• I agree that prayer has transformative power on the person who prays. But I am wary to go so far as to say that prayer is solely for the benefit of the one who prays and does not involve God at all. My concern is twofold. First of all, by focusing only on issues we're concerned about and using prayer as time for personal reflection, we have placed the emphasis on ourselves rather than on God. Even if God knows our hearts, we are still in relationship with him and ought to share our needs and concerns with him (as well as our confession, praise, and thanksgiving) through prayer. A healthy relationship is not so one-sided.

    Secondly, if we believe that prayer is only for our benefit, that God already has everything mapped out and we are just following along, we lose the important component of free will in our faith. One of the hardest parts about Christianity is reconciling the omniscient power of God and our freedom to choose. It seems that God can be swayed by the prayers of the faithful. In Exodus 33:3, God tells the Israelites he will not go with them, but after Moses speaks to God (vs. 12 and following) God changes his mind and decides to go with the Israelites. So either God lied to the Israelites and had planned to go with them from the beginning, or Moses's prayer impacted God in such a way that he changed his mind. A similar thing happens in Exodus 4:24-26 when the Lord tries to kill Moses, but Moses's wife intercedes for Moses and the Lord leaves Moses alone. (See also Mark 9:29)

    With all this said, I too struggle with the problem of pain--why does God sometimes answer our prayers with "no?" It doesn't seem fair or right. I think it's significant, though, that, even in the midst of great struggle and pain, when we don't understand and we want answers, it is to God that we pray and to him that we continue to return, even if he responds to our prayers in ways we do not like or want or understand. In the garden, Jesus prays, "May this cup be taken from me. Yet not as I will but as you will." And the cup is not taken from him. But Jesus does not lose faith. He continues to cry out to God in his pain, even as he dies on the cross.

    By Blogger jocelyn, at 3/06/2005 08:08:00 PM  

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    By Blogger jocelyn, at 3/06/2005 08:09:00 PM  

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    By Blogger jocelyn, at 3/06/2005 08:10:00 PM  

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    By Blogger jocelyn, at 3/06/2005 08:13:00 PM  

  • somehow i went from not being able to post at all to posting 4 times at once...oops!

    By Blogger jocelyn, at 3/06/2005 08:16:00 PM  

  • I think your family would sure know a lot more about praying in the midst of pain than me. In my nearly twenty years of life, I'm just now beginning to experience true pain and learn what it means to trust God in the midst of that. I thank God for you, such a faithful leader to help guide our church through this difficult time. You guys have always been such an example to me about trusting God in the middle of heartache. Tell your wife that I love her...I told her this morning, but I want her to know again. Love you, too.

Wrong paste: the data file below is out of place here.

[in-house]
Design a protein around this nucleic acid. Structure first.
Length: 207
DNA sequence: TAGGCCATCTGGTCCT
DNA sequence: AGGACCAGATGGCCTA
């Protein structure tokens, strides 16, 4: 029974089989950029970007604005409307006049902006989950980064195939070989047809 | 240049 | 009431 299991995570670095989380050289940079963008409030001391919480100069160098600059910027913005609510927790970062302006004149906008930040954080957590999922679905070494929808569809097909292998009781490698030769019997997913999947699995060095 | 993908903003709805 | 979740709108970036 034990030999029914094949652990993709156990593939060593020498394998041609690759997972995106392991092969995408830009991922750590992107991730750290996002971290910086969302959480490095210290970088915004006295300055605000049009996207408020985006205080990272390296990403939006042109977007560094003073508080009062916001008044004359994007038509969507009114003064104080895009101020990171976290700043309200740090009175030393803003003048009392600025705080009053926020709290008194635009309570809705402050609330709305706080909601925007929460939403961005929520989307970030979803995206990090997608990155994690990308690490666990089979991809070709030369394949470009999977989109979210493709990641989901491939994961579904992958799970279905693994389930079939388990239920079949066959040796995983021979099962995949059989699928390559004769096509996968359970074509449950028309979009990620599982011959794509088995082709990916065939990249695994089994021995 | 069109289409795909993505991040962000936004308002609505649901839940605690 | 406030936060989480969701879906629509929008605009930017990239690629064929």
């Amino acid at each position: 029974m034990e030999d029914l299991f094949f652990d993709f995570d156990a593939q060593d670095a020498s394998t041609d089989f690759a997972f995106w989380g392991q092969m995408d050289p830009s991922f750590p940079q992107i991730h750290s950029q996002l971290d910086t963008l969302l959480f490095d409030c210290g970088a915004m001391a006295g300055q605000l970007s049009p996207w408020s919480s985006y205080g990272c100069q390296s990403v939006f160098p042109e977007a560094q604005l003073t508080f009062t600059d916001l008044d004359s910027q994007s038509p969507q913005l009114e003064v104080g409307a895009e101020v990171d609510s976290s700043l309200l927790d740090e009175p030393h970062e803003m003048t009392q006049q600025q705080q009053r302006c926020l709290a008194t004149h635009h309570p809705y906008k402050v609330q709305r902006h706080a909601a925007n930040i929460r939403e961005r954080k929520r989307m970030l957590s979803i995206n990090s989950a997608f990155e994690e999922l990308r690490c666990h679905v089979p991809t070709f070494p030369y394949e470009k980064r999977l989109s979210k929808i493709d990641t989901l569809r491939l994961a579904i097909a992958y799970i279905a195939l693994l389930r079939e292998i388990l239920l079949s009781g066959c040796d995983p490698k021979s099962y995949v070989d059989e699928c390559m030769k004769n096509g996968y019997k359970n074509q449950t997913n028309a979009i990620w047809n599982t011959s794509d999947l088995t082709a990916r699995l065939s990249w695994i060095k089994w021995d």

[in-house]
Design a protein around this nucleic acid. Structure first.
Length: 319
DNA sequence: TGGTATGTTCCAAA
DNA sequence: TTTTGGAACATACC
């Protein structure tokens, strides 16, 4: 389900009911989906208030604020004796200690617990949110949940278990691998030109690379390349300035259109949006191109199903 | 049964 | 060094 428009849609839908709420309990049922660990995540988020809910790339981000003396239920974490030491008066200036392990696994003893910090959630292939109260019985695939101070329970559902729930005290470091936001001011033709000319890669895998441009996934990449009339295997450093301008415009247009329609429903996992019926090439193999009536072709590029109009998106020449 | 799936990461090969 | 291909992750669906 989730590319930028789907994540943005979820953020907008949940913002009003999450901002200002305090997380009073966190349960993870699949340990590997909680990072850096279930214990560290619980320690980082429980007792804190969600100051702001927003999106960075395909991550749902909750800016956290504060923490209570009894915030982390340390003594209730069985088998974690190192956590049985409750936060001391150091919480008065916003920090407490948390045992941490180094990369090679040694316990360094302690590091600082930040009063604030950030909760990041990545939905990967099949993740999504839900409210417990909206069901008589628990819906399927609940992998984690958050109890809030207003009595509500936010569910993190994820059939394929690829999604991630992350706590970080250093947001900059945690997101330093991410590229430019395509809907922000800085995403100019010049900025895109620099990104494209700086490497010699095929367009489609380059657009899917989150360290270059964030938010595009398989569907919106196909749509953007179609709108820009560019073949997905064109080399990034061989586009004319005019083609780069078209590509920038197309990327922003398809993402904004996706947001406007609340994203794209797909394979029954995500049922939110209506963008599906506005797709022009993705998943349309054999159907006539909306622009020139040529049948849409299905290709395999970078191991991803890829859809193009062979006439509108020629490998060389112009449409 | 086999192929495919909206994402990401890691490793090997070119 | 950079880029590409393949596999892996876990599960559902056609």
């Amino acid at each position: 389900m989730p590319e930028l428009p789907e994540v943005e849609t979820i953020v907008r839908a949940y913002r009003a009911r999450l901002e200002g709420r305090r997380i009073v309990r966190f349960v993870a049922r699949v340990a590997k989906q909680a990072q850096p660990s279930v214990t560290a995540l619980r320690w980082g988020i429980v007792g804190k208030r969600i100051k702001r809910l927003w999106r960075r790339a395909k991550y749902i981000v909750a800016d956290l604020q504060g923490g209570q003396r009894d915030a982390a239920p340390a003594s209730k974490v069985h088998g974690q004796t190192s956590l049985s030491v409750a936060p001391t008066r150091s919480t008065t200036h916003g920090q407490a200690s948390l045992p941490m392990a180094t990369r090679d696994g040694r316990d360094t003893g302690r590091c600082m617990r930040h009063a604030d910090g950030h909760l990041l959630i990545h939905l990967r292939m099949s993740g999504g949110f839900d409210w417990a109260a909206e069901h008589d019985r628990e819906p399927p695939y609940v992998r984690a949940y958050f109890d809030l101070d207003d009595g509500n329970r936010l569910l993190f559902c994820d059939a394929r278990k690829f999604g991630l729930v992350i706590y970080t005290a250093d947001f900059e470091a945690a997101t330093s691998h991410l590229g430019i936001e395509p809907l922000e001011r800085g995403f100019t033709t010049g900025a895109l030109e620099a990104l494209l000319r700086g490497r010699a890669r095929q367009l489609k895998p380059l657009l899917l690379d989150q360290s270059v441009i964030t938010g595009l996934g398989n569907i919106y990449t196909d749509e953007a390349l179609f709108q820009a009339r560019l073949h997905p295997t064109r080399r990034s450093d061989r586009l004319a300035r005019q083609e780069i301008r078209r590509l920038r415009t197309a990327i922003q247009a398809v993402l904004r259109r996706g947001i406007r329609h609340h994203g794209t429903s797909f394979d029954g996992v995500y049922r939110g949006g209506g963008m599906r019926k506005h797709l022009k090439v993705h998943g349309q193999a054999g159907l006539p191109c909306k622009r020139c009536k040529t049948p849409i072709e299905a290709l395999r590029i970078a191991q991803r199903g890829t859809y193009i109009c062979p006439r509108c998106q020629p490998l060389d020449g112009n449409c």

By Blogger Heather A, at 3/06/2005 11:09:00 PM  

  • Interesting thoughts on this. I really think the Church does a disservice in assuming that God is, at all times, personally involved in each of our Earthly lives. If that's the case, God must take some sort of responsibilty for the evil/tragedy/dissasster that occurs.

    Herein lies the problem: if you or I pass by a person in danger (life is being threatened, etc.), we are expected to aid the one in danger. The value of human life is held universally (evidence of a Creator, I believe). There is even legislation in the US that punishes those that ignore the endangered. That being said, why is it that God seemingly exists (often times) outside of the values that he breathed into Creation. Why does God get a pass on his own rules?

    One may say, "Well, he's God. He plays by a different set of rules." I guess I could buy that, but I think such an answer is more a result of laziness than experience and deep contemplative thought. If we are created in the image of God, and we value life because God does (and God created us to), why does God not value life like we do?

    I completely agree in God's existence and sovereignty, however, isn't it naive to think that God picks and chooses where to get involved? Is that fair? And if it is fair. and we're created in God's image, why don't we think it's fair, too?

    Why do we have to pray for our friends to heal? If God's so involved, why didn't he just keep the 18-wheeler from running over my friend in the first place?

    By Blogger nashvillekid, at 3/06/2005 11:28:00 PM  

  • Everyone asks Job's questions at some point in her/his life. God's answer was that we can't understand the answers.

    I think God views death as part of life; something He built into it as an opportunity to draw us closer to him in this life so we'll be with Him in the next. Something we will pray and agonize with Him about, just as Jesus did in the garden.

    Adversary, I agree with jocelyn: God didn't view it as redundant that His Son prayed three times, sweating blood. He heard a desperate cry for help ... and sent angels to strengthen. Those prayers weren't for the benefit of the disciples - they were asleep. They were to help Jesus have the strength to do what He knew He had to do.

    And asking why, even now, will never change the fact that it had to be done.

    By Blogger Keith Brenton, at 3/07/2005 05:12:00 AM